“A lot of it is senior-led, so the seniors plan all the training, because we know what helped us throughout the three years of us training, so now we kind of push it back onto them, and they keep the process going,” said Schreck, who will go on active duty as an Army engineer after graduation. “So the juniors doing the mission right now, they’re going to be in my shoes next year.”
A Tradition of Service
The Surfrider Battalion is the oldest student organization at UCSB, dating back to 1947. Back then, student participation was mandatory, and remained so until 1961. Today, cadets come from every segment of society to learn to be Army officers. Successful cadets are commissioned as 2nd lieutenants upon graduation.
Although a relatively small battalion, it’s considered one of the top programs on the West Coast, with a high percentage of its cadets entering active duty when they leave UCSB. It’s the cadre’s job to make sure they know what they’re getting into, and nobody had it easy on the FTX. The base had cabins available nearby, but Buehner said it would be more realistic if cadets slept in the field.
Cadet Delyla Rivera understood. Lying prone on the wet ground with her M16 at the ready, she scanned the distance as part of the perimeter watch while squad leaders were briefed on the ambush plans. It was cool and wet, but the second-year biology major didn’t seem to notice. A first-generation college student from Ventura who hopes to attend medical school on an Army scholarship, she would also be the first in her family to join the military.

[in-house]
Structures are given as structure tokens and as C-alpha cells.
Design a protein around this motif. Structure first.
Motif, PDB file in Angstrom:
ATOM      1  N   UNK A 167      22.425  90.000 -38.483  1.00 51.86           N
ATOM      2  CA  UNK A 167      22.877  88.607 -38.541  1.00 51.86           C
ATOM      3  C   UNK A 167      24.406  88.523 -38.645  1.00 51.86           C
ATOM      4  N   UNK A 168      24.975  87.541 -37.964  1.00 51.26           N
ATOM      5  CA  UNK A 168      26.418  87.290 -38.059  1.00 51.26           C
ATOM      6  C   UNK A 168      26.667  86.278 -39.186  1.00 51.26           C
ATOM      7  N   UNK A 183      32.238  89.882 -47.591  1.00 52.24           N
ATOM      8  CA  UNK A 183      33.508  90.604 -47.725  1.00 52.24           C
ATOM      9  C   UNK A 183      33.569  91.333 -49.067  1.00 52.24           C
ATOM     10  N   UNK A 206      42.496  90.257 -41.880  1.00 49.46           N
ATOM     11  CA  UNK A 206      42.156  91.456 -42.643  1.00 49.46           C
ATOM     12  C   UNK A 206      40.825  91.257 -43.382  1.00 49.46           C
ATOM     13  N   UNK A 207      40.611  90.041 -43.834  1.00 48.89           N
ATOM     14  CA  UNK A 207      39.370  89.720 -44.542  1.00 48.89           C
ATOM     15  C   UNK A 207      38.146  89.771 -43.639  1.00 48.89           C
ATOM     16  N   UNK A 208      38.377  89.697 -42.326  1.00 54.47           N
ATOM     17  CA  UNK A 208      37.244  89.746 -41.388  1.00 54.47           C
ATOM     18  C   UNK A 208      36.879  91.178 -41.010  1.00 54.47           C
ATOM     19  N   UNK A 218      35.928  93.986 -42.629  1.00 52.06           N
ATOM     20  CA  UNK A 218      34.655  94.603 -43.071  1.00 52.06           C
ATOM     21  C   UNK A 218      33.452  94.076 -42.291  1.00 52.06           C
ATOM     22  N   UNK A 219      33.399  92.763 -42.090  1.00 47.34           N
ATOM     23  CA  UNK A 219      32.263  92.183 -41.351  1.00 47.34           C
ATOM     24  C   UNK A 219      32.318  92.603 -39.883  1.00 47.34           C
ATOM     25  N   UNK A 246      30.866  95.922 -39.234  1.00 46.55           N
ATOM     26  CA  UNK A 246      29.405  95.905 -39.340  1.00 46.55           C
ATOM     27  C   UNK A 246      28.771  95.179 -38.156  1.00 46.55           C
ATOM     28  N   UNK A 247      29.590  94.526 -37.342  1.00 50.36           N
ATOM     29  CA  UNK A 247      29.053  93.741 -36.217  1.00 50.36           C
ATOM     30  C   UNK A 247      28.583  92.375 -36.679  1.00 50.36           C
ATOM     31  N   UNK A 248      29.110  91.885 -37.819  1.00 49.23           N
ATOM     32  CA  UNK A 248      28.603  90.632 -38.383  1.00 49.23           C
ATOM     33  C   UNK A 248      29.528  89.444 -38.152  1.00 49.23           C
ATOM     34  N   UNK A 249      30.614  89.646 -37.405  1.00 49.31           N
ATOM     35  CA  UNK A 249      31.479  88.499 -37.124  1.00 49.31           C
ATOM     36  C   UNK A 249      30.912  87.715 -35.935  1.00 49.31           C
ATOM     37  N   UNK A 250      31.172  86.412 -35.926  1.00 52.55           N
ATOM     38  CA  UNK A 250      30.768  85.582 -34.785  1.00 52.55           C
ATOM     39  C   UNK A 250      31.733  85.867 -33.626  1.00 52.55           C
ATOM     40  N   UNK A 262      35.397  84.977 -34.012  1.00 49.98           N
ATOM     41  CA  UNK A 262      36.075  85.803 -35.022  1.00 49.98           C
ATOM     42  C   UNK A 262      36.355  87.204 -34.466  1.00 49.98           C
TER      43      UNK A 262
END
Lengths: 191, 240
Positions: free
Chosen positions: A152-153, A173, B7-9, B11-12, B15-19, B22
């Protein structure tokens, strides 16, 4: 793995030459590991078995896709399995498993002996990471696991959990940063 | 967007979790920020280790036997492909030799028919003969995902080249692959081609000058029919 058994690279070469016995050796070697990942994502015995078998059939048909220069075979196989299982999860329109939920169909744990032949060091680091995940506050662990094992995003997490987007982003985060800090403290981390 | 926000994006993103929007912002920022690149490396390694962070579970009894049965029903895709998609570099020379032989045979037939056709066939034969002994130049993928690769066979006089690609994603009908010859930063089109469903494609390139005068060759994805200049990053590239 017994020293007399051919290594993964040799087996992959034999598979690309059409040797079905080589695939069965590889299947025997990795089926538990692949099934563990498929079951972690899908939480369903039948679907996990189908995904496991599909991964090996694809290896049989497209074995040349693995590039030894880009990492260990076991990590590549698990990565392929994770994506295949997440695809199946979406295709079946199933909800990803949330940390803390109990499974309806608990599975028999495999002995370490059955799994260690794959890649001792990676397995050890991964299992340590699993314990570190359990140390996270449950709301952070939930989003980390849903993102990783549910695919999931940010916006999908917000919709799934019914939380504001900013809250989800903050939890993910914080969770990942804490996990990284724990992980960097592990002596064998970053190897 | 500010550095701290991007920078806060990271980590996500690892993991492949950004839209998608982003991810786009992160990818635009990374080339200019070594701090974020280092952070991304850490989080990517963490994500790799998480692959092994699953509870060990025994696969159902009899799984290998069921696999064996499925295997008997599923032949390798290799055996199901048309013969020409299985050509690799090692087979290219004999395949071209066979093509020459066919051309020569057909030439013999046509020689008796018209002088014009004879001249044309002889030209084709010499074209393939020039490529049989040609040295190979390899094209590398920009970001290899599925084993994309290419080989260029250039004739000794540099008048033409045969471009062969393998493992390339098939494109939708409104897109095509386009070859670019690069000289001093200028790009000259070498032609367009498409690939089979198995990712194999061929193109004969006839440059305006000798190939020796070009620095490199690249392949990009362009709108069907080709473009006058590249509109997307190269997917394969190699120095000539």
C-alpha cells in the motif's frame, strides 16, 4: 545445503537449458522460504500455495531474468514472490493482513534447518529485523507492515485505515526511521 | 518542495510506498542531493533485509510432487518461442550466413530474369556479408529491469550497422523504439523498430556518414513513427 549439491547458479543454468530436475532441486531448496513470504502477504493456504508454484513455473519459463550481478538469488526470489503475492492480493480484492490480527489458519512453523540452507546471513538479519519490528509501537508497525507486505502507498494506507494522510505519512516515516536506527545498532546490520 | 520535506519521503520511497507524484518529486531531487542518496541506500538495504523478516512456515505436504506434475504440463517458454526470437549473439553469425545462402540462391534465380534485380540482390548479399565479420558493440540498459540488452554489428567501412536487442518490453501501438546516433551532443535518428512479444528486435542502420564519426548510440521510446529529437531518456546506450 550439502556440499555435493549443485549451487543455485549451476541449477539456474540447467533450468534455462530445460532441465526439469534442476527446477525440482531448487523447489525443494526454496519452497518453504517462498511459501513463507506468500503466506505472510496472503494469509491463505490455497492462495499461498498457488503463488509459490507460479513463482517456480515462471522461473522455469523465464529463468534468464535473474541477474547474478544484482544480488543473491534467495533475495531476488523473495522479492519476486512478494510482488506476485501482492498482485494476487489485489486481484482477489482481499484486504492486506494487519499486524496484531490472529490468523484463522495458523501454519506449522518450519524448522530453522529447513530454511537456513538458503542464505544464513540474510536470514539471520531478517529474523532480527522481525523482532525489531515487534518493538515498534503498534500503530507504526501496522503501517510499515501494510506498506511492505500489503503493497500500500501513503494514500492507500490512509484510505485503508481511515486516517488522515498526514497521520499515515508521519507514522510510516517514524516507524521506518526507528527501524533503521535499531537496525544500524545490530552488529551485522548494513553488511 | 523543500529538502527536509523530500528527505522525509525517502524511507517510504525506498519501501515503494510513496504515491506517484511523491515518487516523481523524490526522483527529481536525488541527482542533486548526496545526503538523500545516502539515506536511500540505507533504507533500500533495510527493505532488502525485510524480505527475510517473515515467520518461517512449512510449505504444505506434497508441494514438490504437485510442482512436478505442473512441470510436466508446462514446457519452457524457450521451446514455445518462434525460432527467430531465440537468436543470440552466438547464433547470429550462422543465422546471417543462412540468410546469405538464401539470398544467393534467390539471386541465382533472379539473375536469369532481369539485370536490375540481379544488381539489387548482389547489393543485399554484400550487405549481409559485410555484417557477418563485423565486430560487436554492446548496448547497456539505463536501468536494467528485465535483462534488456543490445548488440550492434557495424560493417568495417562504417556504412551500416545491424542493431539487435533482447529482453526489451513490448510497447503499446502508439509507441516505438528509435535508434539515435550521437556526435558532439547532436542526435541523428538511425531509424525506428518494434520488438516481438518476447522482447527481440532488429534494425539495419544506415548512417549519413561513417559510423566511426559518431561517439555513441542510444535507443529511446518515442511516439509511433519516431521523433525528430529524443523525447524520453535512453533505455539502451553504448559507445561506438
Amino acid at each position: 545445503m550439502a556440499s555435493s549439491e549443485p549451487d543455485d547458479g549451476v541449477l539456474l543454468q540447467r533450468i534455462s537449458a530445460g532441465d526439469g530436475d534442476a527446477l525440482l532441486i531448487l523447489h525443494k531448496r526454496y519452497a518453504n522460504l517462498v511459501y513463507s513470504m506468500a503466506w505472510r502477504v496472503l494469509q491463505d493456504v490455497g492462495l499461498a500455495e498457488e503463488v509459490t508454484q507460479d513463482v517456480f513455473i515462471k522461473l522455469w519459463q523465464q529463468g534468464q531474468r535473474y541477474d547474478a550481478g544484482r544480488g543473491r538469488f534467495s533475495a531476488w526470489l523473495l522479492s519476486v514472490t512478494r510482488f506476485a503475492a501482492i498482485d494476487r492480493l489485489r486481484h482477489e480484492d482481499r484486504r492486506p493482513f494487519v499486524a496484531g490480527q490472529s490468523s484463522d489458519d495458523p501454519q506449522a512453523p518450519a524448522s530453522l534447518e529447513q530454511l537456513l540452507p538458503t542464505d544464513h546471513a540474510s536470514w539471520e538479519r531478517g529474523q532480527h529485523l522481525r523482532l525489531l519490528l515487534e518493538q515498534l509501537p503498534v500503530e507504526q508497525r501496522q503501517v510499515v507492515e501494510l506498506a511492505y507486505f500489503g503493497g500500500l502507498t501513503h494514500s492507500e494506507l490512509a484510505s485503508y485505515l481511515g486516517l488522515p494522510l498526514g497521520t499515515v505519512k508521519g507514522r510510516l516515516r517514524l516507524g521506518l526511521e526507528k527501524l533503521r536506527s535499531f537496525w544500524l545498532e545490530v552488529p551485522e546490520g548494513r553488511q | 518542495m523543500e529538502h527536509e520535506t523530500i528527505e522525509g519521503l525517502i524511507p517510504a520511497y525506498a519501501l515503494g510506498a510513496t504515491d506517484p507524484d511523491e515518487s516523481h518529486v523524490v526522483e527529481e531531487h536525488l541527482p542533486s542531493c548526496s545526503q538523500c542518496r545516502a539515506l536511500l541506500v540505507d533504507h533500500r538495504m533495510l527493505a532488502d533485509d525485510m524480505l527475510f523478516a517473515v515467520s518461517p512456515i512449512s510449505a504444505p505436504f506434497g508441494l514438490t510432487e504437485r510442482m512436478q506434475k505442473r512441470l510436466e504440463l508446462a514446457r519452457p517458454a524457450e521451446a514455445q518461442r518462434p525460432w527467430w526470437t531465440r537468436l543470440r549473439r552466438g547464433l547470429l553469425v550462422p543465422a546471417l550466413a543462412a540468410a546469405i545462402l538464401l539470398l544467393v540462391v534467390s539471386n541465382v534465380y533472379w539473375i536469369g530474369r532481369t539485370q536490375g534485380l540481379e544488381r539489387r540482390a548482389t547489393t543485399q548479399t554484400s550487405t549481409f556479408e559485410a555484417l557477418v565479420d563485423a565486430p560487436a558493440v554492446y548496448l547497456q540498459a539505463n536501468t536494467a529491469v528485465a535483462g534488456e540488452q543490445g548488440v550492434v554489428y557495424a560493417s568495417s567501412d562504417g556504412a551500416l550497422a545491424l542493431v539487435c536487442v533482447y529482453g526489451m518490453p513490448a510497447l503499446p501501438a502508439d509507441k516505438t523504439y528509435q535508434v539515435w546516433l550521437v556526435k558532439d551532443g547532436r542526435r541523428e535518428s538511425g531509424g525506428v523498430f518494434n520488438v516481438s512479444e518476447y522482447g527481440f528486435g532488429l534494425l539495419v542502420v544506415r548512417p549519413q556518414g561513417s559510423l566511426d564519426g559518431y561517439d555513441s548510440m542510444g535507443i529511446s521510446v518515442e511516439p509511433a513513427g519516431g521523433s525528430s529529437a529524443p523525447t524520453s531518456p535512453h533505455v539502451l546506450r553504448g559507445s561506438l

“It’s a great experience to be out in the field because you get to see what we learn in the classroom out in the real world,” Rivera said. “In high school I was a very shy person, and it was hard for me to come out of my shell. Coming to ROTC made me a more confident person. I think it gave me a better sense of balance and I’ve learned a lot.”
No Bad Lessons
Buehner, who arrived at UCSB in time for the fall 2017 quarter, said cadets are motivated by a desire to serve. “We talk to them all the time: Why are you here? And nobody’s ever said to me, ‘To pay for school,’ ” he said. “They all want to give and be part of something bigger. We don’t try to sugar-coat it; here’s what you’re going to do, because I don’t want them to step out there as a young lieutenant and go, ‘This isn’t what I expected.’ ”
As for that ambush, it’s fair to say it didn’t unfold with military precision. Dozens of blank rounds rang out and someone in the distance yelled, “Bang! Bang!” The “enemy” seemed more rumor than existential threat, but that was fine by Buehner. The cadets came to learn, and there are no bad lessons.
“This is the first time they’ve really had a chance to actually get out in a little more realistic scenario versus on campus,” he said. “We didn’t expect everything to be perfect. What I’m looking for is, ‘OK, you learned a lesson here. As you progress, are you repeating the same mistakes or you actually capturing some of this and making the corrections?’ For the most part, when we get to our last iteration tomorrow, I think we’ll see a lot of improvement.”